Types of Therapy

There are many kinds of talking therapy, with a lot of overlap between them. Therapists have different types of training, so their approach and way of working will vary. In addition, therapists will develop their own individual style of working. Some will use a mixture of approaches with the same person, or change their approach depending on the needs of the person.

Perhaps more important than ‘which type of therapy or approach’ does the counsellor/therapist use, is that research shows how you get on with the individual therapist is the most influential aspect for a successful outcome.  If you and the therapist can work well together, trust and respect each other, it is more likely to work for you.


Counselling can help both ordinary problems of living and life crises. It can help you stay well and prevent mental health problems. There is evidence that counselling can help people who are adjusting to life events such as bereavement, post-natal depression, illness, disability or loss. Users say supportive counselling can help you through a difficult time, and it can help you become aware of and guard against too much stress in your life.

Counselling helps you to look at problems you are facing now. You will be encouraged to talk about the feelings you have about yourself and your situation, and the counsellor will explore with you, ways to tackle them.

Counselling can be long or short term, depending on your difficulty. The more long standing the problem the longer the counselling is likely to take, although this is not always the case.


Cognitive Behaviour Therapy (CBT) aims to help people change patterns of thinking or behaviour that are causing problems. Changing how you think and behave also changes how you feel. It is a structured approach – you agree goals for treatment with your therapist and try things out between sessions. CBT is often conducted over a short term such as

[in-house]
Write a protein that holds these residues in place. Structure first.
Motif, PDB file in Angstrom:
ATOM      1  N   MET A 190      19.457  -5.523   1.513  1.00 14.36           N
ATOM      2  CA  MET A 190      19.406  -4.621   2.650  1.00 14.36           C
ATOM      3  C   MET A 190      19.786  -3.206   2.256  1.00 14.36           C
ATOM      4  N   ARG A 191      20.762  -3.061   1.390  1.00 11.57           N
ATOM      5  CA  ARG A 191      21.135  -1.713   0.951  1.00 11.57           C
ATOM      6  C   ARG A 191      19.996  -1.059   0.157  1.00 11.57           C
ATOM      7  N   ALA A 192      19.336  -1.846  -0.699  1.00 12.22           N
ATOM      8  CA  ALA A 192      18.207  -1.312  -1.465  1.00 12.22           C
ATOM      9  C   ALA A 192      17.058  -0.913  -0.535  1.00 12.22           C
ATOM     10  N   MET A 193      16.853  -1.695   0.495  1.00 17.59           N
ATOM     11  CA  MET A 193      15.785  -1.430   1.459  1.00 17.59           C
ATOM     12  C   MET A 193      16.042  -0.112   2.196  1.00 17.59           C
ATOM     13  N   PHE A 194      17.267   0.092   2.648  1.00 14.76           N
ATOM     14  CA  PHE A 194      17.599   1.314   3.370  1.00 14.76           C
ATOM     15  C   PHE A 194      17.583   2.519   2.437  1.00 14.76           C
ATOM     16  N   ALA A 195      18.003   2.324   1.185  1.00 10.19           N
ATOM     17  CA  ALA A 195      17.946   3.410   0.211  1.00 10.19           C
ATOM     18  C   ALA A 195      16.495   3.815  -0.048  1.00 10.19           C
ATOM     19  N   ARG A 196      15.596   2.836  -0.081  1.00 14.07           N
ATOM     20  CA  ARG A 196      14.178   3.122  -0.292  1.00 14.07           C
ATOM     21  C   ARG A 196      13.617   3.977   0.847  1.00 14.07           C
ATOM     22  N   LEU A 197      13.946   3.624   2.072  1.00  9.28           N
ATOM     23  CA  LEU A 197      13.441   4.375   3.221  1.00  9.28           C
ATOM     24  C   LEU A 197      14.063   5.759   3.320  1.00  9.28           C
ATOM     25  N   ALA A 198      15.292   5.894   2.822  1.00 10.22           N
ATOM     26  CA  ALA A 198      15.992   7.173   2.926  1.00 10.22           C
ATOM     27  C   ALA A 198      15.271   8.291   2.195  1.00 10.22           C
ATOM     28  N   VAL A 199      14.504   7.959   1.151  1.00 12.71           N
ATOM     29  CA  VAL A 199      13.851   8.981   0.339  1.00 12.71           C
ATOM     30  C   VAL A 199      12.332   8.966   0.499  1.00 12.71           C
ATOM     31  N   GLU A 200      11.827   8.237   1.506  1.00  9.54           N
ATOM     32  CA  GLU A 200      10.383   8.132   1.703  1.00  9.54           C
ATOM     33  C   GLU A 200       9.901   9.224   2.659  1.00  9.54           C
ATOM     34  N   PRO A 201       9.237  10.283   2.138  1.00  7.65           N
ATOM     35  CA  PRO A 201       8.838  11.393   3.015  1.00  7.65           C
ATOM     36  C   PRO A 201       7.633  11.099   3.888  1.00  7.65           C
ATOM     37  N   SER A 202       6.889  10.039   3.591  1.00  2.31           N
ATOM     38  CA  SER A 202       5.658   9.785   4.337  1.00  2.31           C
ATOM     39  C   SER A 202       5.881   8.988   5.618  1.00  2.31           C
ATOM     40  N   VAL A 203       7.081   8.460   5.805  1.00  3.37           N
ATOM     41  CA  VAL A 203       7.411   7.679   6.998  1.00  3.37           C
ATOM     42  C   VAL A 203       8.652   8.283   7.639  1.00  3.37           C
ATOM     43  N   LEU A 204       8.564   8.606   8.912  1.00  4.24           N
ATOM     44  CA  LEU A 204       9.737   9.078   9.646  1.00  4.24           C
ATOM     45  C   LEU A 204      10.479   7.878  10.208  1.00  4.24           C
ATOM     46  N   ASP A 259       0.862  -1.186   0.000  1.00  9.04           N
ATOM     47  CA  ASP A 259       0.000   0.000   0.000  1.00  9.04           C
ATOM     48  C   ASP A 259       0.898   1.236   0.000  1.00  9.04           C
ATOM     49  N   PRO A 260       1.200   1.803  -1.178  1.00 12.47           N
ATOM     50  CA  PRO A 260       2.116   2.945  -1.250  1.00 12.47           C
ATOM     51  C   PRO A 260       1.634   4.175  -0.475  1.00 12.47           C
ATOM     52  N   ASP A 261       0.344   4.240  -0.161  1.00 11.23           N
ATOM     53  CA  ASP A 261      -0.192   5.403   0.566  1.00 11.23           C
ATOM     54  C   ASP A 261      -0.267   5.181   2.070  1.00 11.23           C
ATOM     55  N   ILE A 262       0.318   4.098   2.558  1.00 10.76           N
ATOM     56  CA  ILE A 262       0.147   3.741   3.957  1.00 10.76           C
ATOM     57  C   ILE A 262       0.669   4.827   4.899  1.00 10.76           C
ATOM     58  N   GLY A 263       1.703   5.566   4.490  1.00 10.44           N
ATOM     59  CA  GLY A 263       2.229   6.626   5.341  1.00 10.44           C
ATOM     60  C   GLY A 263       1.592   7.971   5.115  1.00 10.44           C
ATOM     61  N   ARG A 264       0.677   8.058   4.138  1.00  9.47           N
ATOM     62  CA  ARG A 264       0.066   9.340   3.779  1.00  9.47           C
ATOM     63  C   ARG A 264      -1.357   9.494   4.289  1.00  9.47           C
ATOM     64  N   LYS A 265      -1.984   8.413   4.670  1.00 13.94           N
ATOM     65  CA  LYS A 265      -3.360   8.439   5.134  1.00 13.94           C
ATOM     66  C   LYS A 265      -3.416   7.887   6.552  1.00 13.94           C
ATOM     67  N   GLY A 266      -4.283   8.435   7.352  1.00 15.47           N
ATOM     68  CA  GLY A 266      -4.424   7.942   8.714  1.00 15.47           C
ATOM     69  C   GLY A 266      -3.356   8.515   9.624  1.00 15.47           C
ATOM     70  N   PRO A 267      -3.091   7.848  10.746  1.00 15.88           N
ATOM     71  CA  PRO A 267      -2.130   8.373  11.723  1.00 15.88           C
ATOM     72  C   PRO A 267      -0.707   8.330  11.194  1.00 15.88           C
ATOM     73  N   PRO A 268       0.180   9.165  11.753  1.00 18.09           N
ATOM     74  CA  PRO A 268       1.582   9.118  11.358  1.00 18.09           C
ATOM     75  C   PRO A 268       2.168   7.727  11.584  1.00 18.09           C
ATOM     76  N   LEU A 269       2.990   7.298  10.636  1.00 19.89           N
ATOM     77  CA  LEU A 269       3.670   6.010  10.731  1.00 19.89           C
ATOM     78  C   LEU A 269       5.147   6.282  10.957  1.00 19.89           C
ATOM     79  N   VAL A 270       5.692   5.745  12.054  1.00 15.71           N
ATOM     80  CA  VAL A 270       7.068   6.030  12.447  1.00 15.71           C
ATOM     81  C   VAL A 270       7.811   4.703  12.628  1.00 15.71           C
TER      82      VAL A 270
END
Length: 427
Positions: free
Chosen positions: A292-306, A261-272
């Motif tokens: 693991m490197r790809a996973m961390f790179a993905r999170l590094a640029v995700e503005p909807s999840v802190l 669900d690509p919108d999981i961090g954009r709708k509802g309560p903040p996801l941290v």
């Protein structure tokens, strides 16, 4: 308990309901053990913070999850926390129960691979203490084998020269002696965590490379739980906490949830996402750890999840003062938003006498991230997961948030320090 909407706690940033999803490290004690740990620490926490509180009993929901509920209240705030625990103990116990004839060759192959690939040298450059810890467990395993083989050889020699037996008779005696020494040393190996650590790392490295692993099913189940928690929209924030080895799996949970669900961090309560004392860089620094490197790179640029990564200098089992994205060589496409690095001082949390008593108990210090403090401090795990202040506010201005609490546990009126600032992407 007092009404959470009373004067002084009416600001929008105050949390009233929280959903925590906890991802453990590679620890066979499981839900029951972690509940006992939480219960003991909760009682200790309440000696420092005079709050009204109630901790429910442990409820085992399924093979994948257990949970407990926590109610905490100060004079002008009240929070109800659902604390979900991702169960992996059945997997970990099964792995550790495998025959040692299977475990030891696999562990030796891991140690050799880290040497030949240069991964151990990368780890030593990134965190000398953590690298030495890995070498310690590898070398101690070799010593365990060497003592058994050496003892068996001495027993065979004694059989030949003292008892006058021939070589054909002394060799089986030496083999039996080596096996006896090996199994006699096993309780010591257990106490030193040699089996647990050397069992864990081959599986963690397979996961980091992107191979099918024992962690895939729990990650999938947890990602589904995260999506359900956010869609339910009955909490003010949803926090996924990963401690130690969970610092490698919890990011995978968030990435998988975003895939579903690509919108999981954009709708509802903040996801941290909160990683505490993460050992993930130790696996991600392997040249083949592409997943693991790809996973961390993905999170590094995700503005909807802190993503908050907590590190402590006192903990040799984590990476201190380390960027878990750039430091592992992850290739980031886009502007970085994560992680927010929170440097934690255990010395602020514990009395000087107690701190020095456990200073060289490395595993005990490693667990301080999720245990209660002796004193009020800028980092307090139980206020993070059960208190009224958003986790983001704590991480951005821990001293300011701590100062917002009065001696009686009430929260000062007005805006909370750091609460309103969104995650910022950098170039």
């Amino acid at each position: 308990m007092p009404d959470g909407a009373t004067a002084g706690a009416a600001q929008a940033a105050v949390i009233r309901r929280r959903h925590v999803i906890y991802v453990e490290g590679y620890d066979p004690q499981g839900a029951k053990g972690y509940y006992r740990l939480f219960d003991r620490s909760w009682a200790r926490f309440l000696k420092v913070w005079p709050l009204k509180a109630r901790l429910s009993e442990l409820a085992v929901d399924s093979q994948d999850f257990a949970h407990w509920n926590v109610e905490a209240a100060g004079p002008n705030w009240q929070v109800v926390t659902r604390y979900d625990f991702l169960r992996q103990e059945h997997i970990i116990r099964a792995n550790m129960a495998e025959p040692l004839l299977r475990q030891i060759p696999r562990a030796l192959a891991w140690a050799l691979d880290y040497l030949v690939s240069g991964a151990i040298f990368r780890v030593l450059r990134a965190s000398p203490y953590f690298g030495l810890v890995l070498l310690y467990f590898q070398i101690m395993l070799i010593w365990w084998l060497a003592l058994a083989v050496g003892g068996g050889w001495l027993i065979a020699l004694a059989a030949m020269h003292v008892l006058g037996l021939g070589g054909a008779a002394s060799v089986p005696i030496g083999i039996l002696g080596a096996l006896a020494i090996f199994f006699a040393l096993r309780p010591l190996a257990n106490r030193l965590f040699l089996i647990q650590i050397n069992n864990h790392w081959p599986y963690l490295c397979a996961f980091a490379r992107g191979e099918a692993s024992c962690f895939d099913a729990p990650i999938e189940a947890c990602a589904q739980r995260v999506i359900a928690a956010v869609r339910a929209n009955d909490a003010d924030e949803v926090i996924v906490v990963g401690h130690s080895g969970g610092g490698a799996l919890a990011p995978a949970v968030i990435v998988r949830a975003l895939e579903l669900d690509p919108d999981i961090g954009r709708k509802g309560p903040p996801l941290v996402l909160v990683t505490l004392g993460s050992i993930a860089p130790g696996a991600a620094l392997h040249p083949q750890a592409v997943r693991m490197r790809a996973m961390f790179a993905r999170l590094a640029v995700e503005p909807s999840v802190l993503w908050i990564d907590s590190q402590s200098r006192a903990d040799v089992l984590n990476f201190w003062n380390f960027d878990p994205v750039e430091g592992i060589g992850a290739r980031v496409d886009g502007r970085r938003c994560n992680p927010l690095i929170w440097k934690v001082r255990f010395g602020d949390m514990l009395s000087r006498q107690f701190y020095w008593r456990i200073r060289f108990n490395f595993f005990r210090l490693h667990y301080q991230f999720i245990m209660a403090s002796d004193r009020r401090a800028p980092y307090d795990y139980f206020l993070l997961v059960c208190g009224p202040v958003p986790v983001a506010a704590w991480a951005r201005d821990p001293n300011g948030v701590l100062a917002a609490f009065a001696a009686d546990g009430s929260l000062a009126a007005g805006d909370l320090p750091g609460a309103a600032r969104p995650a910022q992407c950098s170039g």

6 – 12 sessions.


Integrative or eclectic counselling means that the counsellor will generally use a mixture of approaches with the same person, or change their approach depending on the needs of the person. For example, the counsellor may use a ‘psychodynamic approach’ to help their client understand how painful feelings in the present may have its roots in the past, but in order to help their client change their feelings, they may then use a ‘CBT’ or ‘solution focused’ approach.. The change in approach is unlikely to be obvious, as the counsellor may switch back and forth throughout a session.


Person Centred counselling was created by Carl Rogers who, as a child, spent a lot of time observing nature. He thought that individuals were basically good and always strove to improve themselves, despite the many difficulties life throws at us all. Carl Rogers observed that even in a dark cellar a potato shoot will grow towards the light. The style of therapy is that both counsellor and client are equal partners in the relationship. The counsellor does not seek to diagnose the client or impose his or her world view or professional opinion. Each counselling session is seen as the client’s quality time to talk about his or her issues; the counsellor does not set the agenda. Person Centred counselling looks at feelings in a non judgemental way. Respect for the client’s individual world is paramount and a Person Centred counsellor would not seek to change a client’s thoughts in any particular way. Change and therapeutic growth occurs naturally at the client’s own pace.


These involve a therapist listening to your experiences, exploring connections between present feelings and actions and past events. It aims to help you understand more about yourself and your relationships. Psychoanalytic and psychodynamic therapy may often continue for a year or more, but can sometimes be short term.


Living with persistent pain can be extremely difficult to do and people often find pain begins to impact on many areas of their life, such as the ability to do valued activities, work and relationships. People subsequently can get frustrated, angry, fearful and/or depressed as a consequence of living with pain. These changes in mood can then have further knock on effects on managing the pain and can be as distressing and debilitating as the pain itself.

Pain management will not take the pain away, but will help provide strategies to help manage the impact the pain is having. Pain management is a predominantly CBT approach which aims to help people manage the associated distress, identify and break any unhelpful cycles that may have developed in relation to the pain and work toward improving and achieving a life of quality despite the pain.

*Department of Health